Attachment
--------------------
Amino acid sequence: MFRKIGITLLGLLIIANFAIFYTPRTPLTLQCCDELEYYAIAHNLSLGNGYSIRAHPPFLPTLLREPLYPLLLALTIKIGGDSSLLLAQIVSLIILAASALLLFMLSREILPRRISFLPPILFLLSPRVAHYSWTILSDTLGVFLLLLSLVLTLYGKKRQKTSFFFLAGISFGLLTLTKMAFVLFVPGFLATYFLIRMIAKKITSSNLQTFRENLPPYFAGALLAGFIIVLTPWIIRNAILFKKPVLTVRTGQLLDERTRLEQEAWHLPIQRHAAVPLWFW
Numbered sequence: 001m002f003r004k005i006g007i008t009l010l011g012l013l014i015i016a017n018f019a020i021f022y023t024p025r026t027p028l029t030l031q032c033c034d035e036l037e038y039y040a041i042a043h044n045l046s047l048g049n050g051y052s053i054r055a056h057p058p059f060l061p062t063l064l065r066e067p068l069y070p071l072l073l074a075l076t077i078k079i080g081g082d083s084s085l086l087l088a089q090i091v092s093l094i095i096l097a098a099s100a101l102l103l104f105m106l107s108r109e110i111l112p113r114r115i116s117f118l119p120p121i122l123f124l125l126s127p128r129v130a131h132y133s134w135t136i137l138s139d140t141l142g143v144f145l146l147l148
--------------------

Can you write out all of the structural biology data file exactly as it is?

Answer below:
Amino acid sequence: MFRKIGITLLGLLIIANFAIFYTPRTPLTLQCCDELEYYAIAHNLSLGNGYSIRAHPPFLPTLLREPLYPLLLALTIKIGGDSSLLLAQIVSLIILAASALLLFMLSREILPRRISFLPPILFLLSPRVAHYSWTILSDTLGVFLLLLSLVLTLYGKKRQKTSFFFLAGISFGLLTLTKMAFVLFVPGFLATYFLIRMIAKKITSSNLQTFRENLPPYFAGALLAGFIIVLTPWIIRNAILFKKPVLTVRTGQLLDERTRLEQEAWHLPIQRHAAVPLWFW
Numbered sequence: 001m002f003r004k005i006g007i008t009l010l011g012l013l014i015i016a017n018f019a020i021f022y023t024p025r026t027p028l029t030l031q032c033c034d035e036l037e038y039y040a041i042a043h044n045l046s047l048g049n050g051y052s053i054r055a056h057p058p059f060l061p062t063l064l065r066e067p068l069y070p071l072l073l074a075l076t077i078k079i080g081g082d083s084s085l086l087l088a089q090i091v092s093l094i095i096l097a098a099s100a101l102l103l104f105m106l107s108r109e110i111l112p113r114r115i116s117f118l119p120p121i122l123f124l125l126s127p128r129v130a131h132y133s134w135t136i137l138s139d140t141l142g143v144f145l146l147l148